Excellent. Thank you very much.
I would start by mentioning some figures and trends on the overall situation and the impact of the Venezuelan situation in the region. In the last statistics, we account for more than three million migrants and refugees outside the country. Eight out of 10 persons are in neighbouring South American countries, Caribbean and southern Central American countries, but there are also important movements towards the U.S., Canada, Spain and the European Union.
We also have to notice a very rapid deterioration of the situation, with more than two million persons arriving in the last few years. In addition to that, we have also to consider other population movements. There are circular migration movements from Colombia to Venezuela, with people going back and forth, sometimes looking only for food and medicines. There are also important groups of Latin American citizens who have been obliged to go back to their country. We are talking about some 400,000 Colombian returnees, but there are also people from other nationalities coming back to their hometown.
Here is an important piece of information. Why are these people leaving? I believe the outflow of Venezuelans is a response to a serious political, social and economic background, but we have also to observe that there are important international protection considerations. Criminality rates are very high. There are also imputed political opinions, such as the loss of employment for those who are not in favour of the regime, and also discrimination in the redistribution of food and other basic items.
Finally, as the UN Human Rights Council has mentioned in the last human rights resolution of September 2018, there are also serious human rights violations in the context of political, economic, social and humanitarian crises.
On the response, I believe that the key word for the region has been “solidarity”. In fact, all the countries, at least in South America, have kept the doors open, and close to one million persons have received different forms of legal stay. In addition to that, we have over 360,000 asylum claims filed in the region. We have also to remember that asylum seekers, refugees and migrants have freedom of movement, access to social rights and work permits, and access to most public services. It is not only the solidarity of the governments; we have also to mention the solidarity of the whole society.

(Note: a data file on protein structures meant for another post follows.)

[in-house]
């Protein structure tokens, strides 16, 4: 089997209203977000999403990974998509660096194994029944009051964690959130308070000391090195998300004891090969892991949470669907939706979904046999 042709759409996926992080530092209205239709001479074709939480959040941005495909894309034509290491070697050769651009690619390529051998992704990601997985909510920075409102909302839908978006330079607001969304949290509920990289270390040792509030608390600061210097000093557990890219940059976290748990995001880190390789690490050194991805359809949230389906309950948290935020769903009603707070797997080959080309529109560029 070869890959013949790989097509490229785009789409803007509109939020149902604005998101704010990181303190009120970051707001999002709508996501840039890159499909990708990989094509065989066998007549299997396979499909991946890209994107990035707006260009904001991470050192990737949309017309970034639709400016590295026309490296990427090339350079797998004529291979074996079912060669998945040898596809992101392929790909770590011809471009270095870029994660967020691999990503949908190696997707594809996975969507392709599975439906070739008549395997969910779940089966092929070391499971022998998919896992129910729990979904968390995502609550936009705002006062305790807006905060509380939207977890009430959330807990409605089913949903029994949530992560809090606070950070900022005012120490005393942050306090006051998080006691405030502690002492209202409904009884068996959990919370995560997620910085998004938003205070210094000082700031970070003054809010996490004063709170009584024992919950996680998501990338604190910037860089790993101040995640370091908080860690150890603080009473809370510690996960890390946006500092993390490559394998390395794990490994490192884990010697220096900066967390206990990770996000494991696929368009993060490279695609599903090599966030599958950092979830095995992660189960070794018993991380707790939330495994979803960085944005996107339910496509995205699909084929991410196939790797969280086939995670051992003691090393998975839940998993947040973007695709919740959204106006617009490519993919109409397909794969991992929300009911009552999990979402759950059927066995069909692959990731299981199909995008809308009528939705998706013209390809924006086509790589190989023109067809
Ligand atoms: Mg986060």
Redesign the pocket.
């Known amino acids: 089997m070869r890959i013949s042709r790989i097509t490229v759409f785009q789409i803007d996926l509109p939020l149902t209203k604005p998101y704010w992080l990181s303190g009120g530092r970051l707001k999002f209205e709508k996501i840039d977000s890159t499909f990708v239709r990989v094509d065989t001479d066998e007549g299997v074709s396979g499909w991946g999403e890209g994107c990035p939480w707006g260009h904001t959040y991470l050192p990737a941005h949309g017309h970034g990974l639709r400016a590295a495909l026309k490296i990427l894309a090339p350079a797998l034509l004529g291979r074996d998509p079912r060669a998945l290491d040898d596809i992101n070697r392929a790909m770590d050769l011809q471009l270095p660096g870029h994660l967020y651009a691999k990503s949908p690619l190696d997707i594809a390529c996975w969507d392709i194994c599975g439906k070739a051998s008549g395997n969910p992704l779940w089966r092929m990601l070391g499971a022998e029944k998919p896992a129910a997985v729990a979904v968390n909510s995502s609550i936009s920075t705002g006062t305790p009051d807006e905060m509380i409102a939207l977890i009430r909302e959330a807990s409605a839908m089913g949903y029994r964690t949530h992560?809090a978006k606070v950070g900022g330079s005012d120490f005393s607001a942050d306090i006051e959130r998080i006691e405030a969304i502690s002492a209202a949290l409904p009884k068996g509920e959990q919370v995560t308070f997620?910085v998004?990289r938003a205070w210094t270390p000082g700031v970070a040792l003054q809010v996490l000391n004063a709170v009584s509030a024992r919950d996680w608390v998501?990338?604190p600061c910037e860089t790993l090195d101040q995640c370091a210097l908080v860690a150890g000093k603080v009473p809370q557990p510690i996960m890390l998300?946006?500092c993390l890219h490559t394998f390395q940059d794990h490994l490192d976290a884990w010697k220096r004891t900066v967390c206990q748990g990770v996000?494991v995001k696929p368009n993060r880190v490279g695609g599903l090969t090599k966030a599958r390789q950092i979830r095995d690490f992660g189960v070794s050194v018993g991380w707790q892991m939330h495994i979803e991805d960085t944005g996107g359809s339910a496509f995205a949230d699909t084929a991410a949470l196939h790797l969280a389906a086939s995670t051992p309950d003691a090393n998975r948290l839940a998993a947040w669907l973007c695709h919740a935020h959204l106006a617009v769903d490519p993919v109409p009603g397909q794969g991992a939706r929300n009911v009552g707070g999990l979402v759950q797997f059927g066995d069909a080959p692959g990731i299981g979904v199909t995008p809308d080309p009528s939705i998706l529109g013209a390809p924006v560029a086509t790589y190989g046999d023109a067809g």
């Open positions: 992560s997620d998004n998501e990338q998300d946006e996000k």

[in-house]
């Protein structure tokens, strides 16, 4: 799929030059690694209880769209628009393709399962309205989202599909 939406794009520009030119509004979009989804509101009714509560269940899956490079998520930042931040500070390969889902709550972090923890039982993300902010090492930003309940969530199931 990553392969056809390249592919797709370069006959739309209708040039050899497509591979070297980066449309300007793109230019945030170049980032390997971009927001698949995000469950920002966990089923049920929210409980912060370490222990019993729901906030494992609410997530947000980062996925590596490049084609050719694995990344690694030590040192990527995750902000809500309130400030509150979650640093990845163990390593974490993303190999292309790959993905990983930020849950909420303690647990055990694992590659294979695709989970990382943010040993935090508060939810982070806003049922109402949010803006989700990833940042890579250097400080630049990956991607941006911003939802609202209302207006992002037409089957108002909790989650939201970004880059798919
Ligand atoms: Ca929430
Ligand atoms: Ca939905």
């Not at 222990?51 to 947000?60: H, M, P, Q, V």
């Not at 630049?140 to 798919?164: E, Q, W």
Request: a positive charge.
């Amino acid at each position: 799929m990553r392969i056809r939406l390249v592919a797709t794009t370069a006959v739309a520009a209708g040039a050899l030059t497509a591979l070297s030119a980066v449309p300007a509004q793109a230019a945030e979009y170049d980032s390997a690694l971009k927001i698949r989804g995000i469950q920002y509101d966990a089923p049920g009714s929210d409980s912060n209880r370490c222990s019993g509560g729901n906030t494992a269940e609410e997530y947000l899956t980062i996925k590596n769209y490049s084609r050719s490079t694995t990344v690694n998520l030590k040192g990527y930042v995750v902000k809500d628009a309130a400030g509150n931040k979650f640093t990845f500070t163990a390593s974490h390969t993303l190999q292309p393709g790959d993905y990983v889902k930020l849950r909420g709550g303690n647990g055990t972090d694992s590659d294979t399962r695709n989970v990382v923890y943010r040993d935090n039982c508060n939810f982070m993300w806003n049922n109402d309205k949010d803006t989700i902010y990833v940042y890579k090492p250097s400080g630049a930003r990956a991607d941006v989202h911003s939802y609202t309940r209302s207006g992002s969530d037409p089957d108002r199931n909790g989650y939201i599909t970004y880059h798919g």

However, there are also very important constraints and an increased pressure on the governments, first due to the economic shock. Just in Colombia, they estimate that the reception and attention of Venezuela represents 0.5% of their annual GDP. Basic services are completely strained, mainly in border areas. On the other hand, we have also some trends, some incidents of xenophobia and discrimination. There were even violent protests in some countries.
On the government side, some countries have introduced some restrictions—visas, passport requirements, the high cost of documents, but also in the case of the Caribbean, deportations. On the other hand, we have also to remember that fewer than 7,000 Venezuelans have been recognized as refugees.
On the protection concerns and vulnerabilities, we have observed the following main vulnerabilities of the population. The first is access to the territory and to effective protection. There are many Venezuelans still in an irregular situation. It is estimated to be about 40% to 50%, depending on the countries.
There are also many cases of GBV—gender-based violence—and trafficking at the borders of Colombia, forced recruitment, situations of unaccompanied children ,and of course very high vulnerabilities in terms of health, education and livelihoods, and in particular cases of labour exploitation.
I will now focus on the response, because I believe that in this year of the global compact, the region is giving a model, an example, of how we have to coordinate the respond to this kind of crisis. In the response, we have of course governments involved, but also the UN system, other international organizations, and in the last months, a greater engagement of the development banks.